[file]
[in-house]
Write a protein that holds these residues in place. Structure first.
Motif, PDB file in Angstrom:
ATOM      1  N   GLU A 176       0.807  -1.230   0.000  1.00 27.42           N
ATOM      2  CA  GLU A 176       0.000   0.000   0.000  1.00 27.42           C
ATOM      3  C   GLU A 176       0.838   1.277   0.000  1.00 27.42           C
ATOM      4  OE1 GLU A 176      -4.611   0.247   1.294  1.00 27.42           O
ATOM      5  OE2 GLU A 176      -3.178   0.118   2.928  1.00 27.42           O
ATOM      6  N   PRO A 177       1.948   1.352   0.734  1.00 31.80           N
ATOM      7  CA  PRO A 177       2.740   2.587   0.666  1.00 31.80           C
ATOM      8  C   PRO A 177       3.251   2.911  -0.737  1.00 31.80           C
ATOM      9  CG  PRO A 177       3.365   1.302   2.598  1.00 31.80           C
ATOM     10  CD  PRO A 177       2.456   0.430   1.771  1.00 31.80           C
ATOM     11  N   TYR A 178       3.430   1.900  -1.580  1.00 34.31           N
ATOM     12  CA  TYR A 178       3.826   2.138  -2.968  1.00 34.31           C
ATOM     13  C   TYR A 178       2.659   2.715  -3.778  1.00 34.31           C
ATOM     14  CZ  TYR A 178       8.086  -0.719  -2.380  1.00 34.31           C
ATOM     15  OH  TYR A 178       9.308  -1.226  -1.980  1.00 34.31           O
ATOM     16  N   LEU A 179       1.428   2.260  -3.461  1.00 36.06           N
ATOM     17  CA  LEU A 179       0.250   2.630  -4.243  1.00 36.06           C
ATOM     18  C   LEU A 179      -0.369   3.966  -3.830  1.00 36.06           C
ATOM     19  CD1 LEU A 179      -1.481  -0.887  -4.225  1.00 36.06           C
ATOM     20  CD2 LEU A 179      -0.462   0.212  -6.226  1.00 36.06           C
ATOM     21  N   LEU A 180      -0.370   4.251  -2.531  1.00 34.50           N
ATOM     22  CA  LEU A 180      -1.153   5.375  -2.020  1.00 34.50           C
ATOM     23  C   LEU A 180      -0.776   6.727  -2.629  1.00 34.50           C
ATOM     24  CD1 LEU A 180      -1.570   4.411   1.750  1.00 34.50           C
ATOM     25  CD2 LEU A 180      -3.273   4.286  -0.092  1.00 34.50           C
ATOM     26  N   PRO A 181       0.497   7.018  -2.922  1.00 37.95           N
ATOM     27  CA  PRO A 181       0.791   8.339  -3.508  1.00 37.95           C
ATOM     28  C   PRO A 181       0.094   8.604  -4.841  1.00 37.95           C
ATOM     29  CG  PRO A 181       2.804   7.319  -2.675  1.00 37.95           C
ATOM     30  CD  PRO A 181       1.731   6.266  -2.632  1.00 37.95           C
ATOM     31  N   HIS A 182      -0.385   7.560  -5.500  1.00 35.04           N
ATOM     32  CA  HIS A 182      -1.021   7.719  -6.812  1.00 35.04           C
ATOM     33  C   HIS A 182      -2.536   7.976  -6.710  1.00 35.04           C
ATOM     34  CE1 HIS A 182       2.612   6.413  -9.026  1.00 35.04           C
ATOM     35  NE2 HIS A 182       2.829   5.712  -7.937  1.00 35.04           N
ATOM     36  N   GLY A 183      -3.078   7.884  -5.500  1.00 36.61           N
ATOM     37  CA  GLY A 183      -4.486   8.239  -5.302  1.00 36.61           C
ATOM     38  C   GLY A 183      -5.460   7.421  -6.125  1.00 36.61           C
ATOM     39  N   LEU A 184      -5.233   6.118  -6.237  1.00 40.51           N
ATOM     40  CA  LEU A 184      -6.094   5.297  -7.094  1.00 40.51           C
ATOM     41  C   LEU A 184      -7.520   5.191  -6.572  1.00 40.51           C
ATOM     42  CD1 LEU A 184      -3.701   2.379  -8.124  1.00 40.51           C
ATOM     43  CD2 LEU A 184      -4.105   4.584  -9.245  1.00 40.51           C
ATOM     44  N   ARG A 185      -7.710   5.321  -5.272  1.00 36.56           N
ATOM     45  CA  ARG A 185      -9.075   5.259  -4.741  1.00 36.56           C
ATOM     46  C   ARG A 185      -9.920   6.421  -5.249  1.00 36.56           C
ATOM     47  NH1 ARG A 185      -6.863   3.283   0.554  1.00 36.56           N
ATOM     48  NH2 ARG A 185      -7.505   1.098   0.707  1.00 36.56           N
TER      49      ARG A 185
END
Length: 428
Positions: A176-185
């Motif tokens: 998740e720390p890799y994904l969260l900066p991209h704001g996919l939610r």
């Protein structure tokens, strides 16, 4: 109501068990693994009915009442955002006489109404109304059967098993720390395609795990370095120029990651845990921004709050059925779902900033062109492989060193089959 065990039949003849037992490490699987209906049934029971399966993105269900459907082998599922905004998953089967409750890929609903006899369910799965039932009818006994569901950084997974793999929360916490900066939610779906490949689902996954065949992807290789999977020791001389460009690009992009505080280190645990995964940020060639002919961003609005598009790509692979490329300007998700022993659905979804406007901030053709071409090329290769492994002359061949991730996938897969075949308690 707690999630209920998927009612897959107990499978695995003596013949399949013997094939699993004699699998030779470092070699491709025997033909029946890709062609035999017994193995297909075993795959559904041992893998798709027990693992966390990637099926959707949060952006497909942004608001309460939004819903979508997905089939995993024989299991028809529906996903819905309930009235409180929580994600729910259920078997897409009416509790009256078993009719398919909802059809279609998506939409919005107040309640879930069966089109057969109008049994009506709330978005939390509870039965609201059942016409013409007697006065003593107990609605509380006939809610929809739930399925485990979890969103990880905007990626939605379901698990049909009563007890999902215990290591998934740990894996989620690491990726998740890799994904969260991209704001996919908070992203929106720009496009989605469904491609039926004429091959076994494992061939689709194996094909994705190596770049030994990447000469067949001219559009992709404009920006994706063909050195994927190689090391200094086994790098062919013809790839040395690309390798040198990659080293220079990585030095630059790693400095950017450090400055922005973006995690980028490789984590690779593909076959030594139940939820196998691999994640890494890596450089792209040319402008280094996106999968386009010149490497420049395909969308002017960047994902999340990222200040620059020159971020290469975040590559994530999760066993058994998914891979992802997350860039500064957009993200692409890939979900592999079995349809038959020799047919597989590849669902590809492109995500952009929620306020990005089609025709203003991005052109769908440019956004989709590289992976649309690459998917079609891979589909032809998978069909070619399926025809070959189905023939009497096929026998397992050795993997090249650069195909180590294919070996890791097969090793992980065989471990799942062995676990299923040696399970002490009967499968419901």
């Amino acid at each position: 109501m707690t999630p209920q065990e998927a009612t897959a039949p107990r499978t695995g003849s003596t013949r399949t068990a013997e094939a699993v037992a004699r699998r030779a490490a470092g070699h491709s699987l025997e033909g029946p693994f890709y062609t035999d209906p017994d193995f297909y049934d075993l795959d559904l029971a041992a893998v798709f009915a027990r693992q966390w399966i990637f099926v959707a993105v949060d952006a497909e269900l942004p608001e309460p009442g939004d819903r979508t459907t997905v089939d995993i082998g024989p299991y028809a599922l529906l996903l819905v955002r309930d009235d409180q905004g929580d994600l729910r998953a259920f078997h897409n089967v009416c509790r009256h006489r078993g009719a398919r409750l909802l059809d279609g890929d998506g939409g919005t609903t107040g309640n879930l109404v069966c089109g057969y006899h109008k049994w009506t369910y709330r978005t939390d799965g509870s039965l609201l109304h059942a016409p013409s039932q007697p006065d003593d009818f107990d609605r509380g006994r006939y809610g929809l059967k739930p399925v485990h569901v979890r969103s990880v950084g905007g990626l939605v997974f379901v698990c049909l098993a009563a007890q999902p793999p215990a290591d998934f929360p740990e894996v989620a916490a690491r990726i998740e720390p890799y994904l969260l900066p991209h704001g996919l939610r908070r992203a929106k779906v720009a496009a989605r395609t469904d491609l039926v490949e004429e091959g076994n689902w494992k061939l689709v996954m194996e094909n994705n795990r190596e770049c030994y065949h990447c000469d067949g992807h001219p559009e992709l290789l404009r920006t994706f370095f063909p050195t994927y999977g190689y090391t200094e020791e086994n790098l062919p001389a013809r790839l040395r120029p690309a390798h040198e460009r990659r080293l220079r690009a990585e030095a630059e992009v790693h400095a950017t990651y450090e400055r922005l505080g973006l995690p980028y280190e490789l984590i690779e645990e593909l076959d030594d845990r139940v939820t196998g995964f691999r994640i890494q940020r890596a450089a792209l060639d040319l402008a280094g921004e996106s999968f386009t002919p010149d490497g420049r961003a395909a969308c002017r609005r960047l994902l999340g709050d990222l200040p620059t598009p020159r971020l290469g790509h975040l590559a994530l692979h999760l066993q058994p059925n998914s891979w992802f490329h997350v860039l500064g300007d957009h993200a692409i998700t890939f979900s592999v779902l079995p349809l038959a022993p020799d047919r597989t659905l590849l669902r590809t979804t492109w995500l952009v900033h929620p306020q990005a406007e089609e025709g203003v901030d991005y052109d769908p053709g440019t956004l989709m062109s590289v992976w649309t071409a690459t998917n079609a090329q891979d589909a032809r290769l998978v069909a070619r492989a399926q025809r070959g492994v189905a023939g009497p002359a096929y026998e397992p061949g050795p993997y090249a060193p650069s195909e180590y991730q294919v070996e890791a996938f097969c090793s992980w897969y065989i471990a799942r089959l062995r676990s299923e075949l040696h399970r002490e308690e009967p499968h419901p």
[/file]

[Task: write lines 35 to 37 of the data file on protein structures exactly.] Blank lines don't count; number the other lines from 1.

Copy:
ATOM     32  CA  HIS A 182      -1.021   7.719  -6.812  1.00 35.04           C
ATOM     33  C   HIS A 182      -2.536   7.976  -6.710  1.00 35.04           C
ATOM     34  CE1 HIS A 182       2.612   6.413  -9.026  1.00 35.04           C